> Keeping Listeria out of your production facility

Keeping Listeria out of your production facility

By Rika Le Roux Kemp on 15 February 2018

 

With the Listeriosis break out being a world record in terms of numbers reported, we as food professionals need to proactive.  Ready to eat foods have been named as a high risk, but we should all be doing whatever we can to ensure we manage the risks in all facilities, to the best of our abilities.

 

We are not alone though - an outbreak involving the same serotype 6 is also happening in EU countries; a multi-country outbreak was announced at the beginning of Dec 2017, but they have also not identified the source of the Listeria monocytogenes cross contamination causing the outbreak. From 2012 – 2016 between 1 754 and 2 555 cases were reported annually, and most of these cases were caused by serotype VIb; mainly from domestic origin.

 

During November 2017 Finland reported ST6 and four other countries were also being investigated. During 2017 there were 14 cases reported by Finland, Denmark, Sweden, Austria and United Kingdom; and 4 consumers passed away. Our reported numbers are significantly higher.

 

The question is – to act or not to act, rather than to investigate all methods and means of prevention. In primary processing there might be an impression amongst us that we cannot contribute to the prevention of infestation into the further processing facilities, which is the route the product takes on its way to the plate of the end user. But if ever there was a time in our history to stand together, it is now. We all need to come together, take hands and do whatever we can to prevent cross contamination from farm to fork.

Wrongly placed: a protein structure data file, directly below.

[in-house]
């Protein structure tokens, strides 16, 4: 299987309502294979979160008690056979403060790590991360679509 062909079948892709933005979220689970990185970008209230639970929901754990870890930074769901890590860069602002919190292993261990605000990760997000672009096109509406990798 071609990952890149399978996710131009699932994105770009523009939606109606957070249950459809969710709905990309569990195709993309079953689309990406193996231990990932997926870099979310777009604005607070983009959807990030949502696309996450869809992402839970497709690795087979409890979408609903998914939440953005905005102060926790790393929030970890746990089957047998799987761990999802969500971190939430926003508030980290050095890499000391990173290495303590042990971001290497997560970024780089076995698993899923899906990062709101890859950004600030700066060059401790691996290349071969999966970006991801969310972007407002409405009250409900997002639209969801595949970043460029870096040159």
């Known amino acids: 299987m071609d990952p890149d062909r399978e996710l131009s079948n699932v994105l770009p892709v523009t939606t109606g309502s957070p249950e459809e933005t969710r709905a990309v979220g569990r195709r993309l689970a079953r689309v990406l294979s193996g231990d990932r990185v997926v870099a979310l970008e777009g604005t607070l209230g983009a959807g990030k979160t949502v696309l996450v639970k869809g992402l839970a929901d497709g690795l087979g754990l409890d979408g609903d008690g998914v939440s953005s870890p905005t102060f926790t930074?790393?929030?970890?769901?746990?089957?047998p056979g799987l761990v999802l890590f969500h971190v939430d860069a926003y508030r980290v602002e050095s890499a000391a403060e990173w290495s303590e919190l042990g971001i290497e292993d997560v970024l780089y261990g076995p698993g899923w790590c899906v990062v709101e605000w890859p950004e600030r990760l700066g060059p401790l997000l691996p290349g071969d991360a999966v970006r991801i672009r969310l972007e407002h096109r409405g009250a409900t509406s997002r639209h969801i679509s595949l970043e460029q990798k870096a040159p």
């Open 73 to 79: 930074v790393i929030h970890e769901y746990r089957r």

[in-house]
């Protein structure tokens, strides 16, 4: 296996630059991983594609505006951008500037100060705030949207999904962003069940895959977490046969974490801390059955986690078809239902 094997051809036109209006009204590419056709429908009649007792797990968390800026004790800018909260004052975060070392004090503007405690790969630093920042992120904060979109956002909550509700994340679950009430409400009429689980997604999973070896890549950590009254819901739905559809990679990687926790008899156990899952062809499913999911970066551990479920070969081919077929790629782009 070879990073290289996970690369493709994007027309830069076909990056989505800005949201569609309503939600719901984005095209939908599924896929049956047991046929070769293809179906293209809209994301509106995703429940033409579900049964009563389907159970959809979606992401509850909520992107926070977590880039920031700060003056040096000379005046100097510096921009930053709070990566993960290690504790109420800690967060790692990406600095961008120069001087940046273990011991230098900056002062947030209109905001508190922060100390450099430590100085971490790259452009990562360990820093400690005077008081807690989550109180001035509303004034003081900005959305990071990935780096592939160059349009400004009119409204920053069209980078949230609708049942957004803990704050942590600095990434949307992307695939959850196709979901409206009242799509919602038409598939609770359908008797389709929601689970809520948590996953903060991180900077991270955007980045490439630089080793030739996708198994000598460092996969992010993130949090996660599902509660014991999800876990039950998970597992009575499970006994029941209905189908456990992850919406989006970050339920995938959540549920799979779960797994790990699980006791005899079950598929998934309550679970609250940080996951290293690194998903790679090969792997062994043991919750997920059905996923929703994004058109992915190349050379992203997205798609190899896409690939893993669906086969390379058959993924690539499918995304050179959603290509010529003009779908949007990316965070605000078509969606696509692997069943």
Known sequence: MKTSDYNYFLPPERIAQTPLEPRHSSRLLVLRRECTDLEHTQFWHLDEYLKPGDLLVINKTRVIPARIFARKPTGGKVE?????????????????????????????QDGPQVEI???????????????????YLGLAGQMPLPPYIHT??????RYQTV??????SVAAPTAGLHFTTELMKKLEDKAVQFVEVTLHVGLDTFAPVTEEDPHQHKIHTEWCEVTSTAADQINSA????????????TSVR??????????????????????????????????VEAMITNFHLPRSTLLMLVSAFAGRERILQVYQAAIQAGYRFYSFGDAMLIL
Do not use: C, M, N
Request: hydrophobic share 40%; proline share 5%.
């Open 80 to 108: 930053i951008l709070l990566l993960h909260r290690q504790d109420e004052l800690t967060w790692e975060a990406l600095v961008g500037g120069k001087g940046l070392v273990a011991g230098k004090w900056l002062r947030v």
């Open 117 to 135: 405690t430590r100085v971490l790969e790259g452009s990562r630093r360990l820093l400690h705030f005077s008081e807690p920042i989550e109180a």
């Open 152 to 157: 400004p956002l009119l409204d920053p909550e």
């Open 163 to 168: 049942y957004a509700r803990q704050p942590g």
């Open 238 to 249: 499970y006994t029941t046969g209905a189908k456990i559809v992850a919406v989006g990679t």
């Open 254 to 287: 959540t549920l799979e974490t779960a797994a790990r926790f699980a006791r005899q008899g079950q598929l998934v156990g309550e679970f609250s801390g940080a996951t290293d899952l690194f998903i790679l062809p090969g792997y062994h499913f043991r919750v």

Supplier approval and control

The suppliers of goods shall be approved by taking set criteria into consideration. To do this, one needs to be knowledgeable on the hazards associated with the product, produce or live animals which are purchased.

 

You must take these identified hazards into consideration when supplier approval criteria are compiled, as well as when systems are designed to assess compliance of goods (including animals).

 

The supplier must be aware of the organism and the applicable control measures for the respective industry and activities. Purchasing from the open fresh produce markets make supplier assessments a challenge. A good place to start would be to identify farmers who are known for goods agricultural practices and who deliver into these markets.

 

Slaughtering practices and cutting facilities

  1.  Heavy soiled hides must be rinsed before slaughtering - the cross contamination of soil to the carcass to be prevented at all cost.
  2. Handling of soiled carcasses not including rinsing - the contaminated surfaces should be trimmed off.
  3. Dropped meat protocol must be effectively implemented at all times. No rinsing of carcasses should take place; and contact surfaces must be trimmed off.